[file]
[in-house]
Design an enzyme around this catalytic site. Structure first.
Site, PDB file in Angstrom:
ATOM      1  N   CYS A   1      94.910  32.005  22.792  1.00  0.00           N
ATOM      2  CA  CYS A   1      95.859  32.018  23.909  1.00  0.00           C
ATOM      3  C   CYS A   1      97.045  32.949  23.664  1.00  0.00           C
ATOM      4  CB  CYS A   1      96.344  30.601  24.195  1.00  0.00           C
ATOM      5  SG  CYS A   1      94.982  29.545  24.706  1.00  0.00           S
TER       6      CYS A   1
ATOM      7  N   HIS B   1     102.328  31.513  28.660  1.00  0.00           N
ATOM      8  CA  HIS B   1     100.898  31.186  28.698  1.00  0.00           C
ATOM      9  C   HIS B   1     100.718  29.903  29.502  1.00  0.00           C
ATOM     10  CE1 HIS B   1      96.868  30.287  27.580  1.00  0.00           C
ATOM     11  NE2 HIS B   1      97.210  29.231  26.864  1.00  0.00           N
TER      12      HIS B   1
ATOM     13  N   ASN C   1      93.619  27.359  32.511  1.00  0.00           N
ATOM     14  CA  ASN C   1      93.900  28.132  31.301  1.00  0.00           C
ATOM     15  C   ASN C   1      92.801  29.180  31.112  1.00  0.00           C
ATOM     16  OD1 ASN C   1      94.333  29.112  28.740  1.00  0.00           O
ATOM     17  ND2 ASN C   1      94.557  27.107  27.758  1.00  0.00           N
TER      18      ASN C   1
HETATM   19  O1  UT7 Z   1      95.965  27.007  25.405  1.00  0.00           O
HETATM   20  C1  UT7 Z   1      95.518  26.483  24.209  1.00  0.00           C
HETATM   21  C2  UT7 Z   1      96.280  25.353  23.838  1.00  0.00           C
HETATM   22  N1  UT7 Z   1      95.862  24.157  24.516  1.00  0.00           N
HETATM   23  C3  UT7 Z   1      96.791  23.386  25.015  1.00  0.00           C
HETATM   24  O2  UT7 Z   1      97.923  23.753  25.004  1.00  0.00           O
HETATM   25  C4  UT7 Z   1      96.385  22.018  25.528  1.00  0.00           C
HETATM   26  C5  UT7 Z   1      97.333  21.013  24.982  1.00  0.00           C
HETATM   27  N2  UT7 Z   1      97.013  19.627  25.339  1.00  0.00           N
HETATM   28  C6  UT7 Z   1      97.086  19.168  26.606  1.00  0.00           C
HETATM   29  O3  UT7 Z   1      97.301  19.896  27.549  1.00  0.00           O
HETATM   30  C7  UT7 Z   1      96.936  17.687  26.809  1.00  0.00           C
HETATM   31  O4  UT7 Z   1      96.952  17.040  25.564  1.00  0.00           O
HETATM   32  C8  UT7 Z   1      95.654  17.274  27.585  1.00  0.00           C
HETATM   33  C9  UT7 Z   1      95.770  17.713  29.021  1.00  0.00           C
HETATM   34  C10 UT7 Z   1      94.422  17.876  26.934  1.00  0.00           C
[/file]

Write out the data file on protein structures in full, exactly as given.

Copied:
[in-house]
Design an enzyme around this catalytic site. Structure first.
Site, PDB file in Angstrom:
ATOM      1  N   CYS A   1      94.910  32.005  22.792  1.00  0.00           N
ATOM      2  CA  CYS A   1      95.859  32.018  23.909  1.00  0.00           C
ATOM      3  C   CYS A   1      97.045  32.949  23.664  1.00  0.00           C
ATOM      4  CB  CYS A   1      96.344  30.601  24.195  1.00  0.00           C
ATOM      5  SG  CYS A   1      94.982  29.545  24.706  1.00  0.00           S
TER       6      CYS A   1
ATOM      7  N   HIS B   1     102.328  31.513  28.660  1.00  0.00           N
ATOM      8  CA  HIS B   1     100.898  31.186  28.698  1.00  0.00           C
ATOM      9  C   HIS B   1     100.718  29.903  29.502  1.00  0.00           C
ATOM     10  CE1 HIS B   1      96.868  30.287  27.580  1.00  0.00           C
ATOM     11  NE2 HIS B   1      97.210  29.231  26.864  1.00  0.00           N
TER      12      HIS B   1
ATOM     13  N   ASN C   1      93.619  27.359  32.511  1.00  0.00           N
ATOM     14  CA  ASN C   1      93.900  28.132  31.301  1.00  0.00           C
ATOM     15  C   ASN C   1      92.801  29.180  31.112  1.00  0.00           C
ATOM     16  OD1 ASN C   1      94.333  29.112  28.740  1.00  0.00           O
ATOM     17  ND2 ASN C   1      94.557  27.107  27.758  1.00  0.00           N
TER      18      ASN C   1
HETATM   19  O1  UT7 Z   1      95.965  27.007  25.405  1.00  0.00           O
HETATM   20  C1  UT7 Z   1      95.518  26.483  24.209  1.00  0.00           C
HETATM   21  C2  UT7 Z   1      96.280  25.353  23.838  1.00  0.00           C
HETATM   22  N1  UT7 Z   1      95.862  24.157  24.516  1.00  0.00           N
HETATM   23  C3  UT7 Z   1      96.791  23.386  25.015  1.00  0.00           C
HETATM   24  O2  UT7 Z   1      97.923  23.753  25.004  1.00  0.00           O
HETATM   25  C4  UT7 Z   1      96.385  22.018  25.528  1.00  0.00           C
HETATM   26  C5  UT7 Z   1      97.333  21.013  24.982  1.00  0.00           C
HETATM   27  N2  UT7 Z   1      97.013  19.627  25.339  1.00  0.00           N
HETATM   28  C6  UT7 Z   1      97.086  19.168  26.606  1.00  0.00           C
HETATM   29  O3  UT7 Z   1      97.301  19.896  27.549  1.00  0.00           O
HETATM   30  C7  UT7 Z   1      96.936  17.687  26.809  1.00  0.00           C
HETATM   31  O4  UT7 Z   1      96.952  17.040  25.564  1.00  0.00           O
HETATM   32  C8  UT7 Z   1      95.654  17.274  27.585  1.00  0.00           C
HETATM   33  C9  UT7 Z   1      95.770  17.713  29.021  1.00  0.00           C
HETATM   34  C10 UT7 Z   1      94.422  17.876  26.934  1.00  0.00           C